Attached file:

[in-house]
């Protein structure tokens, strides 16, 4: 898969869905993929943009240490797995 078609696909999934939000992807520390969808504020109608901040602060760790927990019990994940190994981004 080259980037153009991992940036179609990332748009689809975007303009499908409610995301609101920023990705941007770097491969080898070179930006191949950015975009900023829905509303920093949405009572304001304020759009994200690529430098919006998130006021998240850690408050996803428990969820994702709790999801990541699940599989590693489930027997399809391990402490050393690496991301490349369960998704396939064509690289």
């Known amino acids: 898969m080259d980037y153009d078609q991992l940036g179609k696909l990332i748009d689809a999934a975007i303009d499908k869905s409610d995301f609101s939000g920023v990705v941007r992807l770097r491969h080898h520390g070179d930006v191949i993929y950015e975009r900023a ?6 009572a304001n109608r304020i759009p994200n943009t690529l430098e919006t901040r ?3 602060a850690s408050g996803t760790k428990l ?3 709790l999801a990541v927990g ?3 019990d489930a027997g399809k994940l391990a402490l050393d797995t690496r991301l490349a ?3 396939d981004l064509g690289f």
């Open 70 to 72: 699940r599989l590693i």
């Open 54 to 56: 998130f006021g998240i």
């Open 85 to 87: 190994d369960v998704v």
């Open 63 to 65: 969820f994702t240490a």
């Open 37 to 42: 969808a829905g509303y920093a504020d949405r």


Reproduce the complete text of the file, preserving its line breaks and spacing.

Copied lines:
[in-house]
């Protein structure tokens, strides 16, 4: 898969869905993929943009240490797995 078609696909999934939000992807520390969808504020109608901040602060760790927990019990994940190994981004 080259980037153009991992940036179609990332748009689809975007303009499908409610995301609101920023990705941007770097491969080898070179930006191949950015975009900023829905509303920093949405009572304001304020759009994200690529430098919006998130006021998240850690408050996803428990969820994702709790999801990541699940599989590693489930027997399809391990402490050393690496991301490349369960998704396939064509690289």
């Known amino acids: 898969m080259d980037y153009d078609q991992l940036g179609k696909l990332i748009d689809a999934a975007i303009d499908k869905s409610d995301f609101s939000g920023v990705v941007r992807l770097r491969h080898h520390g070179d930006v191949i993929y950015e975009r900023a ?6 009572a304001n109608r304020i759009p994200n943009t690529l430098e919006t901040r ?3 602060a850690s408050g996803t760790k428990l ?3 709790l999801a990541v927990g ?3 019990d489930a027997g399809k994940l391990a402490l050393d797995t690496r991301l490349a ?3 396939d981004l064509g690289f």
């Open 70 to 72: 699940r599989l590693i």
């Open 54 to 56: 998130f006021g998240i």
């Open 85 to 87: 190994d369960v998704v």
């Open 63 to 65: 969820f994702t240490a």
């Open 37 to 42: 969808a829905g509303y920093a504020d949405r």